Richard L. Bushman, Gouverneur Morris Professor Emeritus of History at Columbia University, described the publication of the minutes as a "triumph" as it once again demonstrates the LDS Church's commitment to transparency in regards to its history.

"The new volume is sure to be celebrated for its annotation and editing, another excellent addition to the papers project," Bushman wrote. "But the minutes are also a triumph of the new transparency policy of the Church History Department. Over the years, the council minutes attained almost legendary status, as a trove of dark secrets sequestered in the recesses of the First Presidency’s vault. Now the minutes are to be published for all to examine."

The Council of Fifty

Formally organized on March 11, 1844, the council accomplished three primary objectives. First, it helped to manage Joseph Smith's 1844 presidential campaign.

Second, with growing opposition and persecution, the council discussed practical solutions for matters in Nauvoo, such as the construction of the Nauvoo Temple and how to protect the Mormons when the Nauvoo city charter was revoked by the state of Illinois in 1845.

Third, the council explored the idea of moving the Mormons to Texas, Oregon and upper California before it was ultimately decided they would migrate to the Rocky Mountains and the Salt Lake Valley, Grow said.

Because of the persecution church members had suffered, religious liberty was a major concern for Joseph Smith and the council. They wanted to set up a "theo-democratic" government that would protect the rights of all citizens, encourage free discussion, involve Latter-day Saints and others, and increase righteousness in preparation for the second coming of Jesus Christ, the historians said.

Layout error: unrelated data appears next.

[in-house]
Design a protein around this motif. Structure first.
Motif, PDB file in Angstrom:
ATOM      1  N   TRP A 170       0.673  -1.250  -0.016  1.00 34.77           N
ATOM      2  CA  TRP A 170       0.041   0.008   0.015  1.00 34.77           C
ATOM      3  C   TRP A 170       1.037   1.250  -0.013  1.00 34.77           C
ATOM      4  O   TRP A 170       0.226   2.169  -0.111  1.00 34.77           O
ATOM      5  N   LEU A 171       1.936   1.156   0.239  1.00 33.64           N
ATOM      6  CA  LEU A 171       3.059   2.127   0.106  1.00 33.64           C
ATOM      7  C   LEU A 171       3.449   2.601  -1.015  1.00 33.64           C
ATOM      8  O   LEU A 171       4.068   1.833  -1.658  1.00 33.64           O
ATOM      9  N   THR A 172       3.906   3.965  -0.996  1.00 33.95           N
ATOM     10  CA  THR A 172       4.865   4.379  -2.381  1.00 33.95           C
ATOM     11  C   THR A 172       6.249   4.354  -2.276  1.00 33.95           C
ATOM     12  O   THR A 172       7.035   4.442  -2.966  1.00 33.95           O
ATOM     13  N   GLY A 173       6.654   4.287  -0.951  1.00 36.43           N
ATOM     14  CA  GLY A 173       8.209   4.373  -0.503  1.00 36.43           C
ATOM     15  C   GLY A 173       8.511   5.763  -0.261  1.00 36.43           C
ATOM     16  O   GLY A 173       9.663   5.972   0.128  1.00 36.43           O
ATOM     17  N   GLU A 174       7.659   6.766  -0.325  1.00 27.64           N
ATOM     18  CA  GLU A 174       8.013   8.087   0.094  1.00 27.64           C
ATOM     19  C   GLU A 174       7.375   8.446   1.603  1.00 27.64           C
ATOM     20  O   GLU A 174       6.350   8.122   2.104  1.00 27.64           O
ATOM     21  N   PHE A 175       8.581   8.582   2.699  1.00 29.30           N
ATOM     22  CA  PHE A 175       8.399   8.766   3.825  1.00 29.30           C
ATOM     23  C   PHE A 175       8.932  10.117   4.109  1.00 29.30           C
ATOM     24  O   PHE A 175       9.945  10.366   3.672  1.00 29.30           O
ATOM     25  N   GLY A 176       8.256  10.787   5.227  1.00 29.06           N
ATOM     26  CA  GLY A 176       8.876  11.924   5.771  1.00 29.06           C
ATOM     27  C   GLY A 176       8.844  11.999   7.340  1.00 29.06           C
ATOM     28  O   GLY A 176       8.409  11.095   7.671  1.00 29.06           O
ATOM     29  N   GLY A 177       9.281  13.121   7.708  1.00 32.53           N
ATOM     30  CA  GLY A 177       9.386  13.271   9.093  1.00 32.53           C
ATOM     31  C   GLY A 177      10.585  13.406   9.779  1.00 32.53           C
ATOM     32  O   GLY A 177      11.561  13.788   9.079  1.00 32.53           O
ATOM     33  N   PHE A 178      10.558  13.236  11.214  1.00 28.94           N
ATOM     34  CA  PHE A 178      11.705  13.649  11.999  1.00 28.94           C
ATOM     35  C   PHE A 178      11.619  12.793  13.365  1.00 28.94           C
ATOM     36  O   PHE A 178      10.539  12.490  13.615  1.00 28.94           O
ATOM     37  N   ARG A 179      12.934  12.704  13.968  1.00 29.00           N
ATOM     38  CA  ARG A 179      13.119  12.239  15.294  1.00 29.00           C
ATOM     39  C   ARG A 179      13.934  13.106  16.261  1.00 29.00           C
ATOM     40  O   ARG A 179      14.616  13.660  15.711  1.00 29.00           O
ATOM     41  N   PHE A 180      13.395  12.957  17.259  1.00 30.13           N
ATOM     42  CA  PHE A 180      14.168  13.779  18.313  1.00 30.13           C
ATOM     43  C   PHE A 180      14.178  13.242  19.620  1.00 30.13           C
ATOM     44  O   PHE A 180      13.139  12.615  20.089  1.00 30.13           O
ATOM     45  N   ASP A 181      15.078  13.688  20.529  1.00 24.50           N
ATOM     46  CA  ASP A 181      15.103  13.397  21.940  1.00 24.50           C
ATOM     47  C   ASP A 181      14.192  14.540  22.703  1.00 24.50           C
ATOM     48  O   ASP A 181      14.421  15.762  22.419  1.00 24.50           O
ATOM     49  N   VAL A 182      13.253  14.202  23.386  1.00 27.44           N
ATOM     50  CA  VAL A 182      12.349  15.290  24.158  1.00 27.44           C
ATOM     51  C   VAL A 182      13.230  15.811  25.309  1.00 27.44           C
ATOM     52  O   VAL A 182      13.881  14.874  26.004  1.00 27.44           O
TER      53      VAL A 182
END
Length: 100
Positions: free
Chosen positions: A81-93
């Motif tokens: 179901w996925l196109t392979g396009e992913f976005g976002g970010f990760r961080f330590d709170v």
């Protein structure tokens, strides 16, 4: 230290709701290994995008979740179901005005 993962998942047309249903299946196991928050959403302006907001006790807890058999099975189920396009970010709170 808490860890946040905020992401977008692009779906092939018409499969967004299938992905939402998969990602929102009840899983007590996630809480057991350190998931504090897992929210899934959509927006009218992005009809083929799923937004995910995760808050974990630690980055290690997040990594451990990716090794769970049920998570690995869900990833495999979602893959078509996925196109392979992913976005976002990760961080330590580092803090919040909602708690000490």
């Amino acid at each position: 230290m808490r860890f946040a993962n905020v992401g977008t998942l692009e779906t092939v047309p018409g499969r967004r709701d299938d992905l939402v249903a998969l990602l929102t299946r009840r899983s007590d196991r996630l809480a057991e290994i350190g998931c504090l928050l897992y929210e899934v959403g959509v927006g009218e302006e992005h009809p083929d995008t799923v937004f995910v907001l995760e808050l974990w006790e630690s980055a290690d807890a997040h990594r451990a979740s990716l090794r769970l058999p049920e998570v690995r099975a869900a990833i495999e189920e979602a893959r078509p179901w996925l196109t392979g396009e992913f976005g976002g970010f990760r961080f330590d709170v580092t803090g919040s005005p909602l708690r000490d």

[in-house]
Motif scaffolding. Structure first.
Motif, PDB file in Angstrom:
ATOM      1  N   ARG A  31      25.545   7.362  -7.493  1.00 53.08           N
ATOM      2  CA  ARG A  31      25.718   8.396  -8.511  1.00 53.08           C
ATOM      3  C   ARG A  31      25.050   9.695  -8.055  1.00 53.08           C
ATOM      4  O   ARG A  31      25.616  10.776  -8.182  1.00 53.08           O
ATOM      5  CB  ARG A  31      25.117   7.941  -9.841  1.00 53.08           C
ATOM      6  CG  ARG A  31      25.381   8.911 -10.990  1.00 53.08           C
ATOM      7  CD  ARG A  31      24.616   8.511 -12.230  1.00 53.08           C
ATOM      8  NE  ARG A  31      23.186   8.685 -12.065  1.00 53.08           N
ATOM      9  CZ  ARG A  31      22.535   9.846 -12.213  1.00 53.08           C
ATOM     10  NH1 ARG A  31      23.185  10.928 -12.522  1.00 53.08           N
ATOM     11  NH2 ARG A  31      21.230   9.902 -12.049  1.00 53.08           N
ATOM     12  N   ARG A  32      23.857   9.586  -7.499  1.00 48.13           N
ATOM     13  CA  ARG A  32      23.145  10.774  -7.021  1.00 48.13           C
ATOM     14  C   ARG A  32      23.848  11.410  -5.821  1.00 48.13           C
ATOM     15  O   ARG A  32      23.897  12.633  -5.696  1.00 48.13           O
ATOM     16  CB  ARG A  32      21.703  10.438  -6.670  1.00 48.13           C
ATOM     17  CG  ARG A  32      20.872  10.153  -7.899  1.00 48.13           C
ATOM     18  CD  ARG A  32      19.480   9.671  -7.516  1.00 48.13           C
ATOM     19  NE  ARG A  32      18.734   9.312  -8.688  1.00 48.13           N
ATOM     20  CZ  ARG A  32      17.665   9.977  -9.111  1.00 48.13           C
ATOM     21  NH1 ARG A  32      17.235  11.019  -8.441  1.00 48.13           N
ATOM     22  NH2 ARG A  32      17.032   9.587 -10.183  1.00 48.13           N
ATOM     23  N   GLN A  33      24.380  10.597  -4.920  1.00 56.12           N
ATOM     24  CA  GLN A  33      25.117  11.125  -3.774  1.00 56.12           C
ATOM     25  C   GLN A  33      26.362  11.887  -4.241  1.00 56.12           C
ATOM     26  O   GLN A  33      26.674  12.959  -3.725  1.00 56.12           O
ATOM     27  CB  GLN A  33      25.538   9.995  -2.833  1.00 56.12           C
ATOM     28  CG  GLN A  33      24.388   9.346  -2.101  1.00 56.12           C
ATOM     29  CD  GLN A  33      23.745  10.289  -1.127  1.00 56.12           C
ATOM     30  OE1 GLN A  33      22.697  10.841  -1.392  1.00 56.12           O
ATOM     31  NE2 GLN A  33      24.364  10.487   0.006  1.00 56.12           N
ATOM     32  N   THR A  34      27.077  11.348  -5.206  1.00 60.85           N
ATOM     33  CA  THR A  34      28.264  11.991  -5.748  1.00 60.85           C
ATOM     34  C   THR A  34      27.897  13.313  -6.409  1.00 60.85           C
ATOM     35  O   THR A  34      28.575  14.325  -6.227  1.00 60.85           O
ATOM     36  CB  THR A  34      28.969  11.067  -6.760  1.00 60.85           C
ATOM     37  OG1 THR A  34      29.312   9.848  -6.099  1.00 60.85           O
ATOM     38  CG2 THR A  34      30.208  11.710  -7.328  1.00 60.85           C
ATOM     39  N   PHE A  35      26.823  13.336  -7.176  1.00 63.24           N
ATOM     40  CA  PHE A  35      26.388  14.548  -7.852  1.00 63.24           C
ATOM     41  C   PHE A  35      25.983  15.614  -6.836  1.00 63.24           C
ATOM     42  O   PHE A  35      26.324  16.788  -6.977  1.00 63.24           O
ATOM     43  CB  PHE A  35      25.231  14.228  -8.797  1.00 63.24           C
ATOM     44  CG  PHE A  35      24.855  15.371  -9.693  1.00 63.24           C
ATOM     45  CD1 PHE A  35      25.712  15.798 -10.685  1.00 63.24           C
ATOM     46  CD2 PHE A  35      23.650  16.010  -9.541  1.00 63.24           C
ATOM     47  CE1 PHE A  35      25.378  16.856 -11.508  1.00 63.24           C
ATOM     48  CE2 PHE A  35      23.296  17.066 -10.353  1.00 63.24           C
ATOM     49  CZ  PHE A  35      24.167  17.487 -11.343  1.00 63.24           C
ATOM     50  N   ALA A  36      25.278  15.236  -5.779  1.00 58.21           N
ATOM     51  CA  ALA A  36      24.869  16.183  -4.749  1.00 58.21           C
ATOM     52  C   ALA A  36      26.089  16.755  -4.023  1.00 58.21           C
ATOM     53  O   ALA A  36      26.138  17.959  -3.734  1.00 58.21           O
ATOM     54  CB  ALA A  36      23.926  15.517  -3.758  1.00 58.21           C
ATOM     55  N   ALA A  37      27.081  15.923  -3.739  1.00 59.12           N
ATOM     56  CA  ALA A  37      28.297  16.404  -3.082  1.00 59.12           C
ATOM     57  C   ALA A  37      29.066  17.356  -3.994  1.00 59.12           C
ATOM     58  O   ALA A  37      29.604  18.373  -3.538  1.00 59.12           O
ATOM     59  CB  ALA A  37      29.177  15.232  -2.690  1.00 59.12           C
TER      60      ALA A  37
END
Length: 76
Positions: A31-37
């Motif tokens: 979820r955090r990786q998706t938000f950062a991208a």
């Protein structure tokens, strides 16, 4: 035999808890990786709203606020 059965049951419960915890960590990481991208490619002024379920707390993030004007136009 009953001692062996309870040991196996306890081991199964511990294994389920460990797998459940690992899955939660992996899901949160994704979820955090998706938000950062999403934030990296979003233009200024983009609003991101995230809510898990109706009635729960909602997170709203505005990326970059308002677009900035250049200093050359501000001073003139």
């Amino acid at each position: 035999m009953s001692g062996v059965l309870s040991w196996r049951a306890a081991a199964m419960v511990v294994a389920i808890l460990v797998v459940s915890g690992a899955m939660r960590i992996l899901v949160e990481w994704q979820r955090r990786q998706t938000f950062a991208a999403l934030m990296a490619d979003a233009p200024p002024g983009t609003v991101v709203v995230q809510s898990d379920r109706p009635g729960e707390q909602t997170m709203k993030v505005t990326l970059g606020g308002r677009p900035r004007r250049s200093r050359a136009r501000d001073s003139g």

"They felt the government had failed to protect them," Ashurst-McGee said. "They believed the main point of this kingdom of God on earth would be to protect the religious freedoms of all people."

The Council of Fifty meetings became a standard for how all councils should function. Joseph Smith encouraged each member to speak candidly, to be open to all options, and that decisions should be unanimous. He is recorded in the minutes as saying he "wanted all the brethren to speak their minds on this subject and to say what was in their hearts whether good or bad. He did not want to be forever surrounded by a set of 'dough heads.'"

"So on the front end, Joseph is encouraging open-minded, outspoken deliberation and also insisting on unanimous resolution at the end of the process," Ashurst-McGee said. "We have both of those aspects coming together in the council. But reaching unity and unanimity with a group of 50 outspoken men might be difficult."

Speeches and statements

The minutes provide many speechs and statements from Joseph Smith and other church leaders that haven't been previously published.

For example, on May 3, 1844, the Prophet told the council, "We should never indulge our appetites to injure our influence, or wound the feelings of friends, or cause the spirit of the Lord to leave us. There is no excuse for any man to drink and get drunk in the church of Christ, or gratify any appetite, or lust, contrary to the principles of righteousness."